Old Patriot's Pen

Personal pontifications of an old geezer born 200 years too late.

NOTE The views I express on this site are mine and mine alone. Nothing I say should be construed as being "official" or the views of any group, whether I've been a member of that group or not. The advertisings on this page are from Google, and do not constitute an endorsement on my part.

My Photo
Location: Colorado Springs, Colorado, United States

I've been everywhere That was the title of a hit country-and-western song from the late 1950's, originally sung by Hank Snow, and made famous by Johnny Cash. I resemble that! My 26-year career in the Air Force took me to more than sixty nations on five continents - sometimes only for a few minutes, other times for as long as four years at a time. In all that travel, I also managed to find the perfect partner, help rear three children, earn more than 200 hours of college credit, write more than 3000 reports, papers, documents, pamphlets, and even a handful of novels, take about 10,000 photographs, and met a huge crowd of interesting people. I use this weblog and my personal website here to document my life, and discuss my views on subjects I find interesting.

Saturday, April 02, 2005

Hard Times

There's no denying it: the next couple of weeks are going to be terribly hard.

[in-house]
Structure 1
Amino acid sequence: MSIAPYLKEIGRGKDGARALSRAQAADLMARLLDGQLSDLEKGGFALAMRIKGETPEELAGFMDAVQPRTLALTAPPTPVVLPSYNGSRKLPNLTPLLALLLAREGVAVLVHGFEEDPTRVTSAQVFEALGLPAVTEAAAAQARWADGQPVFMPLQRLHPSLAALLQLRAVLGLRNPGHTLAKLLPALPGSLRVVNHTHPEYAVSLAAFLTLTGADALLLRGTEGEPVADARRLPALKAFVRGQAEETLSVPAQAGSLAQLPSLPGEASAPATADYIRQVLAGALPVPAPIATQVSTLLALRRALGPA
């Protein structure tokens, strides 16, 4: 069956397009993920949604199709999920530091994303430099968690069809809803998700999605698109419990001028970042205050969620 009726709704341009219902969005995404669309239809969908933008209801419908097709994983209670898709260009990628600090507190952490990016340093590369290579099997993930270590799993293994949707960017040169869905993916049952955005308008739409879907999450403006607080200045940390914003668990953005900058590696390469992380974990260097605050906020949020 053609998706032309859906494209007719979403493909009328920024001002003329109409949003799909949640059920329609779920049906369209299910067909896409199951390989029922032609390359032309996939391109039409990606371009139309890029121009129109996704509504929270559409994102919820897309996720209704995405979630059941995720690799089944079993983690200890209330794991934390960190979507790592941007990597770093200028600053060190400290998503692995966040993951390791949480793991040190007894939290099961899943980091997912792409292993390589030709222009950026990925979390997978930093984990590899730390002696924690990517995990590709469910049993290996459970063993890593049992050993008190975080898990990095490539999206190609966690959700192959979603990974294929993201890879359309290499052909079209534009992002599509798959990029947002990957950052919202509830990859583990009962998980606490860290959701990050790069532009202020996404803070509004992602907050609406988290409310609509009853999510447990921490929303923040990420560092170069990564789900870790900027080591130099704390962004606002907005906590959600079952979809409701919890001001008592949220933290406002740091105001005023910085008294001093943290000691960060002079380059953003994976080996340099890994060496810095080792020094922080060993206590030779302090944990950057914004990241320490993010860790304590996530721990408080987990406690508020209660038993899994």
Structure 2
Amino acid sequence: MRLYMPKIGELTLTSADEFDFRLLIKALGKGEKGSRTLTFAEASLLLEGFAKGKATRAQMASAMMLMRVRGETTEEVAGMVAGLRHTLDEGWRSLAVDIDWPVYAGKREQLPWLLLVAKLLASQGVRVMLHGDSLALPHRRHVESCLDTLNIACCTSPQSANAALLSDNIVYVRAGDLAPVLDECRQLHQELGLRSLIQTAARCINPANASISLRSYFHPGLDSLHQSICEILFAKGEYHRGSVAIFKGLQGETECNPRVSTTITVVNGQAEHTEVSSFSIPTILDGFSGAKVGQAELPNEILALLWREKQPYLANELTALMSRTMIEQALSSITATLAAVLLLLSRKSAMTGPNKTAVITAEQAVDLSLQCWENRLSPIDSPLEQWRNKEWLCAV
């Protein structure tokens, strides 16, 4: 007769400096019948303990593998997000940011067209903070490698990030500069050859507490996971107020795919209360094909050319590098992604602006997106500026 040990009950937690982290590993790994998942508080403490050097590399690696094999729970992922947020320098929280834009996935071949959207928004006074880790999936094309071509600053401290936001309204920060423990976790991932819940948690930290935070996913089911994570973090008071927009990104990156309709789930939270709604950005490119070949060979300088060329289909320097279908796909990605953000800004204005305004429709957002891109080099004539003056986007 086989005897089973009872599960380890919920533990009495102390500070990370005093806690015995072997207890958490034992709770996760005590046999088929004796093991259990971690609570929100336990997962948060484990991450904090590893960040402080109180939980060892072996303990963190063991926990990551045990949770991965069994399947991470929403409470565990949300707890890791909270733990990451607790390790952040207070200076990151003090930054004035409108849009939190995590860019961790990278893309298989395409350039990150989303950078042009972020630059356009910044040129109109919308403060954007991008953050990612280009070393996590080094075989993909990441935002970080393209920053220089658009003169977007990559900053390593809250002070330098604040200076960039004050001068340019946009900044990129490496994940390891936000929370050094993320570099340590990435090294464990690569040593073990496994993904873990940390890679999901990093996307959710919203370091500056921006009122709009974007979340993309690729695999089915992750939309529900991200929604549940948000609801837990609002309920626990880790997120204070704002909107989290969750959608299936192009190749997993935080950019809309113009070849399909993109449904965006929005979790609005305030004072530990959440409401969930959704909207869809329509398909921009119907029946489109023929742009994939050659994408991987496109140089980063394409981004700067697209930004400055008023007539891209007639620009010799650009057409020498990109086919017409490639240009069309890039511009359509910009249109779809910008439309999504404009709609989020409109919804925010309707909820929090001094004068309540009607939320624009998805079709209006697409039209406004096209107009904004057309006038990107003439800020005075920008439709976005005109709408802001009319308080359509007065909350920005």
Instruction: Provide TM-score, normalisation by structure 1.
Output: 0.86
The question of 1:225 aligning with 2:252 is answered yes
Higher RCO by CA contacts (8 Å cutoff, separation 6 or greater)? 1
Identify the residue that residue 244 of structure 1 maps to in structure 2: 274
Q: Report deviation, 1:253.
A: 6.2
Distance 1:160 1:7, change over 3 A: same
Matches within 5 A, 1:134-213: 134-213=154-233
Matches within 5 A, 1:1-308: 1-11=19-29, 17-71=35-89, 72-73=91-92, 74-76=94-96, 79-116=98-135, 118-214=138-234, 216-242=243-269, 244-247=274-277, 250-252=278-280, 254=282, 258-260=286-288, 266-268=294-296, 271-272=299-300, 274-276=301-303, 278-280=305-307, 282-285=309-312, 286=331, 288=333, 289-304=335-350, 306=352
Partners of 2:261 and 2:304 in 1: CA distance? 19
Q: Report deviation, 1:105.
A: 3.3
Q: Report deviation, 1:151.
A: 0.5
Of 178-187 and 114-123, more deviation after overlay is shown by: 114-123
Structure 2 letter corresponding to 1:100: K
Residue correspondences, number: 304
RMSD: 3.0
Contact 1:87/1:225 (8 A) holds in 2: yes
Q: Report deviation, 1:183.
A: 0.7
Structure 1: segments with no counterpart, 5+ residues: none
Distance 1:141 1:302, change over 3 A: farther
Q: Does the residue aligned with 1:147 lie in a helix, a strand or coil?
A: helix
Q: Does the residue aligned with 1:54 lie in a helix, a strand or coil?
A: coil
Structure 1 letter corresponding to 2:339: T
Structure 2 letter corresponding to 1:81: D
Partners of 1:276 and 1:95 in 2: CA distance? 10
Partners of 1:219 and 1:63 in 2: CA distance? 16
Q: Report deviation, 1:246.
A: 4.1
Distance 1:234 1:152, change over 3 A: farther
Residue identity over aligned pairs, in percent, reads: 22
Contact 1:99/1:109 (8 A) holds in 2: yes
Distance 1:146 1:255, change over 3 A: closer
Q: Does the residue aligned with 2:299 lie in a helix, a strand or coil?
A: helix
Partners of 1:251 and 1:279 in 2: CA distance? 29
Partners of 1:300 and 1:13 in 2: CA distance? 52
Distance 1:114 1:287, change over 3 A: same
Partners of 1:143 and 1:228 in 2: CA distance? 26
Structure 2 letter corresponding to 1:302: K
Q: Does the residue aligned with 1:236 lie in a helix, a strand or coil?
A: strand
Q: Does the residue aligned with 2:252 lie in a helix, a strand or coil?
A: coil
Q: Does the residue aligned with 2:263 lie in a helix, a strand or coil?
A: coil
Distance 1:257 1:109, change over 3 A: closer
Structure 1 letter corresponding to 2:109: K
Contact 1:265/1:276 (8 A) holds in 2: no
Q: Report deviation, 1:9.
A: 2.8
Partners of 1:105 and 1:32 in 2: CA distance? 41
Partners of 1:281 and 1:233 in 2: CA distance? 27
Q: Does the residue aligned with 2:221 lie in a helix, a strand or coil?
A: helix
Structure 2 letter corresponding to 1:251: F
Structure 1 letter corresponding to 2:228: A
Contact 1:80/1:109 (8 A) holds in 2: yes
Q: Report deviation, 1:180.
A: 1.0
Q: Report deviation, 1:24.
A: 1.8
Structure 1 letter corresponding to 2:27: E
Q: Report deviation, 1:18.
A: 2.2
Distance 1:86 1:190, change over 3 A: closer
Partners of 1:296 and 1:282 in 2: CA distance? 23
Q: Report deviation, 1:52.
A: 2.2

Terri Schiavo was brutally murdered by a fickle husband, a corrupt lawyer, and a power-mad judge.

Pope John Paul II, one of the most influential Popes in 300 years, is on his death bed.

Prince Rainier III of Monaco is on life support, and not expected to recover from heart and kidney failure, and respiratory problems.

At the same time, the Christian world just celebrated Easter, the joyous victory of life over death, and the promise of redemtion from sin and the resurection to a new life with Christ.

All life is precious, as only life can begat more life. To kill someone, or something, just to do away with it, is a failure of God's most demanding role given to man, to have stewardship over the Earth. Yet death is the ultimate fate of all things, from mortal man to the sun itself that provides the light and warmth that is essential for life to exist.

I mourn for the death of Terri Schiavo, because it was unnecessary and uncalled for. I mourn for the impending death of Pope John Paul II for the loss of his wisdom. I mourn for the impending death of Prince Rainier III, who entertained us by marrying one of the most glamourous women in Hollywood, and proving that a midwestern American could be as royal as any European blue-blood.

I also mourn the loss of these good people, because it reminds me of the loss of my own parents over the last fifteen years, and the knowledge that I will lose more friends and family in the near future. Death may be a victory over pain and suffering for those that experience it, but it's a loss of friendship, love, and wisdom to the rest of us.

Each death, too, reminds me of my own mortality. I know that I, too, will die someday. What gift could I leave behind that would ease the sorrow of those that mourn at my death? What contribution can I make to those I touch that would make my passing less sorrowful? There is only one gift, one contribution, that I can imagine would make death less sorrowful, and that is to live each day following the admonition of Jesus: "that ye love one another, even as I have loved you".


Post a Comment

<< Home